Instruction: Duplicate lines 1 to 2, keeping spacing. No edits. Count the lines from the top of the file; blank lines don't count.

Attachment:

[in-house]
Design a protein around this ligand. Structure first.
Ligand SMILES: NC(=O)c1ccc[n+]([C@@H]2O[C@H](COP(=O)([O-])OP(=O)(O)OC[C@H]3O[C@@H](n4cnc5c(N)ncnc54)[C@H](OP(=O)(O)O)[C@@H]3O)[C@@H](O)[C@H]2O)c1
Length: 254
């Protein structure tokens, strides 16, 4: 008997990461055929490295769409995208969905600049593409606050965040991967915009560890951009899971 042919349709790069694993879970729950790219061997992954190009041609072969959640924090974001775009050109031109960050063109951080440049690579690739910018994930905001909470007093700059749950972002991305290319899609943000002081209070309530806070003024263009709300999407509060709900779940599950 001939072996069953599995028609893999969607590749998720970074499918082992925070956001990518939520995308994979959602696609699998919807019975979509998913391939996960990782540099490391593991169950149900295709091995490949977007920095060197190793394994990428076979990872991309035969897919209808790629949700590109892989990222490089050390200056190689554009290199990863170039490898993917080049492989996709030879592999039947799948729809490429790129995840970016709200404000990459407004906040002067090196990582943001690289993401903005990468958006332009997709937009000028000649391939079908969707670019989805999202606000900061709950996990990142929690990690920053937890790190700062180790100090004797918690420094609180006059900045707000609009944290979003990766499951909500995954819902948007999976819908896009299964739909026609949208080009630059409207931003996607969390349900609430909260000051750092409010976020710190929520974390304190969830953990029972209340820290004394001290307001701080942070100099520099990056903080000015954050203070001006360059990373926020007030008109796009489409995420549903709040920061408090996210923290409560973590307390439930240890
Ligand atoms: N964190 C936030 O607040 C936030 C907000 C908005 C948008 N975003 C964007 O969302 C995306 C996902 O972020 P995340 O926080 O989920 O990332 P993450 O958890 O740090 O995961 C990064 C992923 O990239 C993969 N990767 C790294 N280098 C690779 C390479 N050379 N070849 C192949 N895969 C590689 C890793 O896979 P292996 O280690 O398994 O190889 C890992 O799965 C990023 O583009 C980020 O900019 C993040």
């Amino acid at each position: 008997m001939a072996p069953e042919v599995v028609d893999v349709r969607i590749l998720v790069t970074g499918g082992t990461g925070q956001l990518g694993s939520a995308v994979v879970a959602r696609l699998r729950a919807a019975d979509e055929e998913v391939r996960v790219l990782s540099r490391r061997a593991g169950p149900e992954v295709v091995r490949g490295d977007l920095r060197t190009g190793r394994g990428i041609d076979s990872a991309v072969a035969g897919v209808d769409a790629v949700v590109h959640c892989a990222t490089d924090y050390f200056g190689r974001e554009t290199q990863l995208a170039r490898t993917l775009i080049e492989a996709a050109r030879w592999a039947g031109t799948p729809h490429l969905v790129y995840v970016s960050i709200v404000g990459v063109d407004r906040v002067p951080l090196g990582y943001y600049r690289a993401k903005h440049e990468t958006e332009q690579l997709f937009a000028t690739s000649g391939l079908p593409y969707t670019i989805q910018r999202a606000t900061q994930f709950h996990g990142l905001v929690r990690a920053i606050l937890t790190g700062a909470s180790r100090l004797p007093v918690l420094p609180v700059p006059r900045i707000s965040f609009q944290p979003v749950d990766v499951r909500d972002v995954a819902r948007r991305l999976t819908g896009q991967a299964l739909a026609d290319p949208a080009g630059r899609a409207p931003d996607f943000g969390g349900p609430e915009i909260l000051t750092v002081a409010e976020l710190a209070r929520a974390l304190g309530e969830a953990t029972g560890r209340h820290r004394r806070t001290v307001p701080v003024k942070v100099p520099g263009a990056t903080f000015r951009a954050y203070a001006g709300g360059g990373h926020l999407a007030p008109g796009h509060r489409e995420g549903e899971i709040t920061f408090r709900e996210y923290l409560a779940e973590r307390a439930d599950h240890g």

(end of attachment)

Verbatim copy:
[in-house]
Design a protein around this ligand. Structure first.